A good mediator will work with the spouse’s attorney to keep them from seeking extreme, and ultimately very unlikely, results in the case. As both an attorney representing a client in mediation, and as an attorney serving as the mediator in hundreds of divorce cases, I work hard to keep the clients thinking about their divorce in a “business-like” manner. Asking questions like, “What do you want?”, “What will it cost you to get what you want?”, and “What is the likelihood of getting what you want if you don’t reach an agreement and allow the Judge to make the decision?” are helpful things to consider when trying to reach an agreement.

Focusing both parties, but especially the party with narcissistic tendencies, on the reality of the situation is the key. A narcissist wants to win. A skilled family law mediator can work with that person’s attorney to show them that, by insisting on the impossible and going to court over it, not only is the narcissist likely to lose, but it’ll cost them significantly along the way. This can be crucial to convincing that person that resolving their case reasonably, in mediation, is the real way to gain a “win” from a difficult situation.


Making mediation work for you

Couples entrenched in a high-conflict divorce can consider the following to make the most of mediation:

Choose the right mediator: Select a mediator experienced in handling high-conflict cases and skilled in de-escalation techniques. I believe it’s very important to use a mediator trained in family law and who is familiar with the judge likely to hear your case if it doesn’t settle.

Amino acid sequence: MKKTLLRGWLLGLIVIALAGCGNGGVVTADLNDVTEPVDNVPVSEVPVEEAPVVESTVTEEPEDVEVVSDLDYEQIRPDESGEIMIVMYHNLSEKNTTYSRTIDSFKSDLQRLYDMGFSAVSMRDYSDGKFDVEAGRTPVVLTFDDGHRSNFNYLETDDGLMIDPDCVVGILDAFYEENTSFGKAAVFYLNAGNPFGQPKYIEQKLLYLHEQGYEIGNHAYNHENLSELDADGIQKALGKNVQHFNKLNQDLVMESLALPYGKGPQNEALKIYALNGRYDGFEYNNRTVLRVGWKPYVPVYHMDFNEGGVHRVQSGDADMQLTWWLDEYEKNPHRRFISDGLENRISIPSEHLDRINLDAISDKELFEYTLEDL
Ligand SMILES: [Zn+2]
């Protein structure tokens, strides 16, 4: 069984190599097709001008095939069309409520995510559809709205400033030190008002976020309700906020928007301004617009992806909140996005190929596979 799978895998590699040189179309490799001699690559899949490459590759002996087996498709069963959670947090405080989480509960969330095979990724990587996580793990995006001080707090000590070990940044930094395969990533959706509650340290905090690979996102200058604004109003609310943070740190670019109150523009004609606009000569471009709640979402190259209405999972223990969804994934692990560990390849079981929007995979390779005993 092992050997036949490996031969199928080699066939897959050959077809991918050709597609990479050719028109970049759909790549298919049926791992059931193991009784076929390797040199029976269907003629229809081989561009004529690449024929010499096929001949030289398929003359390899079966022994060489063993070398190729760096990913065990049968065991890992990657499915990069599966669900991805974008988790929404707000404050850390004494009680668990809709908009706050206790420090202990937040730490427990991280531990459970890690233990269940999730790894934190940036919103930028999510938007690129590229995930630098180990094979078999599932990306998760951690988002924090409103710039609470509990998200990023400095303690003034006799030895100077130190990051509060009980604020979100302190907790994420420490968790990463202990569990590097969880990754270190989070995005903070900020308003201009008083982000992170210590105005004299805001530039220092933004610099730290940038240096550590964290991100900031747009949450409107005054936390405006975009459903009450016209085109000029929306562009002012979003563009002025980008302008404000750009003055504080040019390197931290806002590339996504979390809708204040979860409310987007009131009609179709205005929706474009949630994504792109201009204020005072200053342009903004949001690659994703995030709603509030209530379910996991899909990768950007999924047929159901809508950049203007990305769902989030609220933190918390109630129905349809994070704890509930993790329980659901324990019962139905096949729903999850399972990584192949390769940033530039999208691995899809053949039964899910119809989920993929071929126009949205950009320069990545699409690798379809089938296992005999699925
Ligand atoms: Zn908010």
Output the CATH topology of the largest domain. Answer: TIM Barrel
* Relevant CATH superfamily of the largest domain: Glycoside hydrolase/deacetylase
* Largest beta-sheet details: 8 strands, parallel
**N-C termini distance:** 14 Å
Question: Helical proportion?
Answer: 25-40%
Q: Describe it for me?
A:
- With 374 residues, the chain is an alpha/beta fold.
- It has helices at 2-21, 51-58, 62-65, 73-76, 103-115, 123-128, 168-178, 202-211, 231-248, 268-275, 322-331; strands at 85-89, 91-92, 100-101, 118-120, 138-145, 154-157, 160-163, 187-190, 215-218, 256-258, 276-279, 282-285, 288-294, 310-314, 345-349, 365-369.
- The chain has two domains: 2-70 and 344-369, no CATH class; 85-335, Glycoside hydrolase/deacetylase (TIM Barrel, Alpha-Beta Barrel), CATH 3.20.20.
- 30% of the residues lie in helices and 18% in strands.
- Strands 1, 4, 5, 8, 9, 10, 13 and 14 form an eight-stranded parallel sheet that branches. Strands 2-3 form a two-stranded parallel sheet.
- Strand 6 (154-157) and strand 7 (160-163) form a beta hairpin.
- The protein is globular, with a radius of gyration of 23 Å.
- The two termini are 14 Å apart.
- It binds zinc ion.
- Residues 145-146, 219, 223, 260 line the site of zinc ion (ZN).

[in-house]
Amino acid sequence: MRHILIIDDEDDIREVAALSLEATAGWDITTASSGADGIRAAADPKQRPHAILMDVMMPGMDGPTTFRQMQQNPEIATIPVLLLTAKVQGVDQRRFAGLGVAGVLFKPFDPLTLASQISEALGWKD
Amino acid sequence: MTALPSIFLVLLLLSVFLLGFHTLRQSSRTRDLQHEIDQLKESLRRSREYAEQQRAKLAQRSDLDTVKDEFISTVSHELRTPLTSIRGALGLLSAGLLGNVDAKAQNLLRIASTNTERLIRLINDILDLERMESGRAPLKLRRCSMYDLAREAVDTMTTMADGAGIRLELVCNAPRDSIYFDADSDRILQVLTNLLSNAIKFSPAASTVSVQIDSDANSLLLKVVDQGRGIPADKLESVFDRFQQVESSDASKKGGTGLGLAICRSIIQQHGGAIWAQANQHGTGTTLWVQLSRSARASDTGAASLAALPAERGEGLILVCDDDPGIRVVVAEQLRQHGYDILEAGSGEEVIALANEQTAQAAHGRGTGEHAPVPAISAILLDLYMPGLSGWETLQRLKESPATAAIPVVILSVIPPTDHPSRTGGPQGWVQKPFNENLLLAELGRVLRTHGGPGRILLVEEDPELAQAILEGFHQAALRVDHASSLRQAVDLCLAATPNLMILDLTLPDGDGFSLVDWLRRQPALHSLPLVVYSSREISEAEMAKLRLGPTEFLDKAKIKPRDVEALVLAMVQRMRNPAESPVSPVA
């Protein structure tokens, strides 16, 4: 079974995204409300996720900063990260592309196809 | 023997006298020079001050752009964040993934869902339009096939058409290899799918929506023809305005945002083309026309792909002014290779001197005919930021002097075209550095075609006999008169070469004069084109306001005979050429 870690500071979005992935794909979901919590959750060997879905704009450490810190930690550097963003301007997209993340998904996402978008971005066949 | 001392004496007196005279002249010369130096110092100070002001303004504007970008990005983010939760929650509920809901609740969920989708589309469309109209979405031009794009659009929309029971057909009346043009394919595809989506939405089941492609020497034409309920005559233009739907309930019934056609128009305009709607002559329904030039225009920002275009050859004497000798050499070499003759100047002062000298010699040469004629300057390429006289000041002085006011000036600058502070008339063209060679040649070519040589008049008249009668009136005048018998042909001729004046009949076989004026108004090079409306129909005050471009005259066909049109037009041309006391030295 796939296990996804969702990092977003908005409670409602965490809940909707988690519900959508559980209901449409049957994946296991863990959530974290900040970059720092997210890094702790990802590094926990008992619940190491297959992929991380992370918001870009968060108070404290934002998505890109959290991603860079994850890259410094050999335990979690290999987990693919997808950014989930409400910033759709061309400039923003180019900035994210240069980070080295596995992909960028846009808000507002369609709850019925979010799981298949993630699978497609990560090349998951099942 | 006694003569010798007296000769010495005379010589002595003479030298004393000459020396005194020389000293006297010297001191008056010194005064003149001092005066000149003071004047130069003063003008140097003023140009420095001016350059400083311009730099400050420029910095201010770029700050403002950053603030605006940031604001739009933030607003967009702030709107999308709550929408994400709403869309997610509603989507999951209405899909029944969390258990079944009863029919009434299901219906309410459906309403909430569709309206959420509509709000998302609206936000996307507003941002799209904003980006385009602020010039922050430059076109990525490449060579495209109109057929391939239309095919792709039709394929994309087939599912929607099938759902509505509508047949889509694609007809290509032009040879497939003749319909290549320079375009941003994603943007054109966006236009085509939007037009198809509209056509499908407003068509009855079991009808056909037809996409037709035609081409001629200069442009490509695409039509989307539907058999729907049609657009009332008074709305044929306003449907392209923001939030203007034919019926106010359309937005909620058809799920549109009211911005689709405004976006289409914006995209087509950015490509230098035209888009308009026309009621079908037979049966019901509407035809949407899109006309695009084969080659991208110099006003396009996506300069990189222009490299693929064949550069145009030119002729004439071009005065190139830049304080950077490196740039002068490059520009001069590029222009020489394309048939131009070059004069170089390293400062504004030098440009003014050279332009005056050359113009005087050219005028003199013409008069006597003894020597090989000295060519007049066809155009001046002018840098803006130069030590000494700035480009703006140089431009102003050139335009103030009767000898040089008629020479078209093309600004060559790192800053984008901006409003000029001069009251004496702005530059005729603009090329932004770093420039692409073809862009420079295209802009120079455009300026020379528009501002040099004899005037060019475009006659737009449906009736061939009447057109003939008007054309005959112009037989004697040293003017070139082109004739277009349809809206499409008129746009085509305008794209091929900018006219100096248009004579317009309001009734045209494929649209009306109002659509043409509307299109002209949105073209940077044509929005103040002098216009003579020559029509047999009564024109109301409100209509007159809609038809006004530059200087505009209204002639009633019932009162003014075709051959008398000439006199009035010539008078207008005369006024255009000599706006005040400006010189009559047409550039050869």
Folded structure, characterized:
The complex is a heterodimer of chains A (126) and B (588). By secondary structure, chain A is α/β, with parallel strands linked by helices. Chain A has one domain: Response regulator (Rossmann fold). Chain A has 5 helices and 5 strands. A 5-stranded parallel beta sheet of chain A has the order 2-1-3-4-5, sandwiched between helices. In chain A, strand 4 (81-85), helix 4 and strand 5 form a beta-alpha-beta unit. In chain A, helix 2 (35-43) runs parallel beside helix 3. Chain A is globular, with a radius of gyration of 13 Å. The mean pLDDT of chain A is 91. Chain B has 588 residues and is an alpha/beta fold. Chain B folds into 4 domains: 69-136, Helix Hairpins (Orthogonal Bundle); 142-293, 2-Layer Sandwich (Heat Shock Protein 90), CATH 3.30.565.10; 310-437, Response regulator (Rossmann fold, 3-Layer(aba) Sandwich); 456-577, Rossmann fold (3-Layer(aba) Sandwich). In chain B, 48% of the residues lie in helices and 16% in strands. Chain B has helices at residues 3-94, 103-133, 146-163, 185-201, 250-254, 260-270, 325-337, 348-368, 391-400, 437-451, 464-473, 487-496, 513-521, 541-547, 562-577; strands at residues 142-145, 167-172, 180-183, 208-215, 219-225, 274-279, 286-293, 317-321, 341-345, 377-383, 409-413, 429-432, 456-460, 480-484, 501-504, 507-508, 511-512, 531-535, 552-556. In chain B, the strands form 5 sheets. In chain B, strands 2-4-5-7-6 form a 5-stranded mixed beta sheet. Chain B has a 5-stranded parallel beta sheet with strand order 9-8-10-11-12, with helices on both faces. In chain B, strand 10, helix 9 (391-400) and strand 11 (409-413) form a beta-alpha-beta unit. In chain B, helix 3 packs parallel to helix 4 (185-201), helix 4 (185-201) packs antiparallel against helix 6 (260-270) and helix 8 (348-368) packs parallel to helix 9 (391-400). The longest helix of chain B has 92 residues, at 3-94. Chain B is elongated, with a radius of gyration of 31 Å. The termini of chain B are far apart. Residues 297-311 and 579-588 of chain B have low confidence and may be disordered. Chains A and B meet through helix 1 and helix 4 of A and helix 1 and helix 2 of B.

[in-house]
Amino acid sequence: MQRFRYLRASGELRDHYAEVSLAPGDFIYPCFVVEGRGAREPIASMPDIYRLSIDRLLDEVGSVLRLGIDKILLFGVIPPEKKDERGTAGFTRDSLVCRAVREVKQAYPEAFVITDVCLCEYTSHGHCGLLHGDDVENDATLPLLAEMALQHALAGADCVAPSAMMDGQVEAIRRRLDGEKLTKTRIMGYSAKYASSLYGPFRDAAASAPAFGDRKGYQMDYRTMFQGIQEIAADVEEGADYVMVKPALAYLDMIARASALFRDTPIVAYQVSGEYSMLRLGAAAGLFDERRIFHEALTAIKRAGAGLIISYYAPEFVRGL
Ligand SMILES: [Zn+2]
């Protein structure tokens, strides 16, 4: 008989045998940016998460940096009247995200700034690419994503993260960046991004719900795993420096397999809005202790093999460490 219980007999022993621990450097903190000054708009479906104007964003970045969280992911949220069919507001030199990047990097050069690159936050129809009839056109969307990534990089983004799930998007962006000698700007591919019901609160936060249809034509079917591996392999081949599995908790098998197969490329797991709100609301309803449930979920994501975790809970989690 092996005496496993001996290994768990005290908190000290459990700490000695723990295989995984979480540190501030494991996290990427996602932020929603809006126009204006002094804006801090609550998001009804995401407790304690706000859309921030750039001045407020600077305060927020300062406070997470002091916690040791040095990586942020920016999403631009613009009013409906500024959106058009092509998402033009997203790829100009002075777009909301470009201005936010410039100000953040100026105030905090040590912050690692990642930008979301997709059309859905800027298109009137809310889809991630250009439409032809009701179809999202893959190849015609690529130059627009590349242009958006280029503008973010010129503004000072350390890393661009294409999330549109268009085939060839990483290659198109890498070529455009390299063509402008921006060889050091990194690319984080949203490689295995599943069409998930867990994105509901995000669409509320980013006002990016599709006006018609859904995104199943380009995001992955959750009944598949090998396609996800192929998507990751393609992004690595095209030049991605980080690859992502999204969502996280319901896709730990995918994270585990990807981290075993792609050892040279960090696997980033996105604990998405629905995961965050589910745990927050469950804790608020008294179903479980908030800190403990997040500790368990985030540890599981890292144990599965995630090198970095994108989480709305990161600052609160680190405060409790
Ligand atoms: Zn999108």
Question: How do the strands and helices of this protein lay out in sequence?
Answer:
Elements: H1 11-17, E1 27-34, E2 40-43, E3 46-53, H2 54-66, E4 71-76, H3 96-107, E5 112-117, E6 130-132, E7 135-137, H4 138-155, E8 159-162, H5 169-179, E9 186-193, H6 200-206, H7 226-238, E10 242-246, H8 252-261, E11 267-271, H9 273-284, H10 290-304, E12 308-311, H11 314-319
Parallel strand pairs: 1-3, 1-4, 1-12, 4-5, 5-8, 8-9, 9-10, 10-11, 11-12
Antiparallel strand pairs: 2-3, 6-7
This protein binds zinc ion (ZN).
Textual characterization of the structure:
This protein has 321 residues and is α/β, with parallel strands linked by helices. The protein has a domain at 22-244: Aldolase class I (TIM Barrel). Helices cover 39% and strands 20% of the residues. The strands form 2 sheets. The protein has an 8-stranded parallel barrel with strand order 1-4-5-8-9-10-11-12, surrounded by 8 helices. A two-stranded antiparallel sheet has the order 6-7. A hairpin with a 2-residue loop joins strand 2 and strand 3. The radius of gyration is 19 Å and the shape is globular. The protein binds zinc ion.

Prepare thoroughly: Come to the mediation session well-prepared with the necessary documents and a clear understanding of your rights and desires.

Embrace the process: Keep an open mind and be willing to compromise where possible. The aim is to achieve a fair settlement, not to "win" at the other's expense.

Utilize a co-parenting tool: If you have children, using a co-parenting service like TalkingParents can be a great way to supplement your work with a mediator during a high conflict divorce. Keeping all interactions documented can help you foster better communication habits and set boundaries right from the start of your co-parenting relationship.

There are many reasons to work with a mediator to get through a divorce. Financially, it can also be a cost-effective option. Considering that divorce is often quite costly, this alone is a good reason to consider mediation.

Parting words: finding common ground

Having guided countless clients through the veils of high-conflict divorce and having served as the mediator in hundreds of family law matters, I'm convinced that mediation isn't just a resolution method; it's a path to dignified separation. While the road to agreement isn't always smooth, the proactive approach of mediation places control back in the hands of those most affected – the couple themselves.

For potential legal clients, individuals enduring a divorce, or content seekers on conflict resolution, remember that you are not bound to the battlefield. Empower yourselves with the knowledge and support of skilled mediators and legal counselors to transition from disorder to detente. With mediation, peace isn't just a possibility; it's within reach.